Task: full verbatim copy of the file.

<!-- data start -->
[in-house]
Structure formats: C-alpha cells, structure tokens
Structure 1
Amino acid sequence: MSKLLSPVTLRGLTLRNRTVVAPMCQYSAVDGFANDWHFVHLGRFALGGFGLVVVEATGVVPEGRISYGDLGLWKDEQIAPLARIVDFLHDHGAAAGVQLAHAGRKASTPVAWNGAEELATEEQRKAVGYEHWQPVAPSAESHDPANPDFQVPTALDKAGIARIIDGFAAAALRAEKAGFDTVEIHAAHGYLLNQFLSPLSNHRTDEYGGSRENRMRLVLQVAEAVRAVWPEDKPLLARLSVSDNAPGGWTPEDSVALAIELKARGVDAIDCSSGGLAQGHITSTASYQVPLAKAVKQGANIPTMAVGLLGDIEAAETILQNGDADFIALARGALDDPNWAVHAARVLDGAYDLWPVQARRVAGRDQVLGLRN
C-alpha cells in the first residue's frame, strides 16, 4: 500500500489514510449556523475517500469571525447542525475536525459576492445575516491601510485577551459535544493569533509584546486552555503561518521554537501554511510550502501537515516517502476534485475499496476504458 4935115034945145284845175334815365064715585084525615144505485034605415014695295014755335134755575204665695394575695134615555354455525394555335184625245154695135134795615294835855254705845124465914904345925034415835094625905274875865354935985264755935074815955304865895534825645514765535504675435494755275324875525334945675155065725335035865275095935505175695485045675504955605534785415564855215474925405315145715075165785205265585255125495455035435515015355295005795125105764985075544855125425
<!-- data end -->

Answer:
[in-house]
Structure formats: C-alpha cells, structure tokens
Structure 1
Amino acid sequence: MSKLLSPVTLRGLTLRNRTVVAPMCQYSAVDGFANDWHFVHLGRFALGGFGLVVVEATGVVPEGRISYGDLGLWKDEQIAPLARIVDFLHDHGAAAGVQLAHAGRKASTPVAWNGAEELATEEQRKAVGYEHWQPVAPSAESHDPANPDFQVPTALDKAGIARIIDGFAAAALRAEKAGFDTVEIHAAHGYLLNQFLSPLSNHRTDEYGGSRENRMRLVLQVAEAVRAVWPEDKPLLARLSVSDNAPGGWTPEDSVALAIELKARGVDAIDCSSGGLAQGHITSTASYQVPLAKAVKQGANIPTMAVGLLGDIEAAETILQNGDADFIALARGALDDPNWAVHAARVLDGAYDLWPVQARRVAGRDQVLGLRN
C-alpha cells in the first residue's frame, strides 16, 4: 500500500489514510449556523475517500469571525447542525475536525459576492445575516491601510485577551459535544493569533509584546486552555503561518521554537501554511510550502501537515516517502476534485475499496476504458 4935115034945145284845175334815365064715585084525615144505485034605415014695295014755335134755575204665695394575695134615555354455525394555335184625245154695135134795615294835855254705845124465914904345925034415835094625905274875865354935985264755935074815955304865895534825645514765535504675435494755275324875525334945675155065725335035865275095935505175695485045675504955605534785415564855215474925405315145715075165785205265585255125495455035435515015355295005795125105764985075544855125425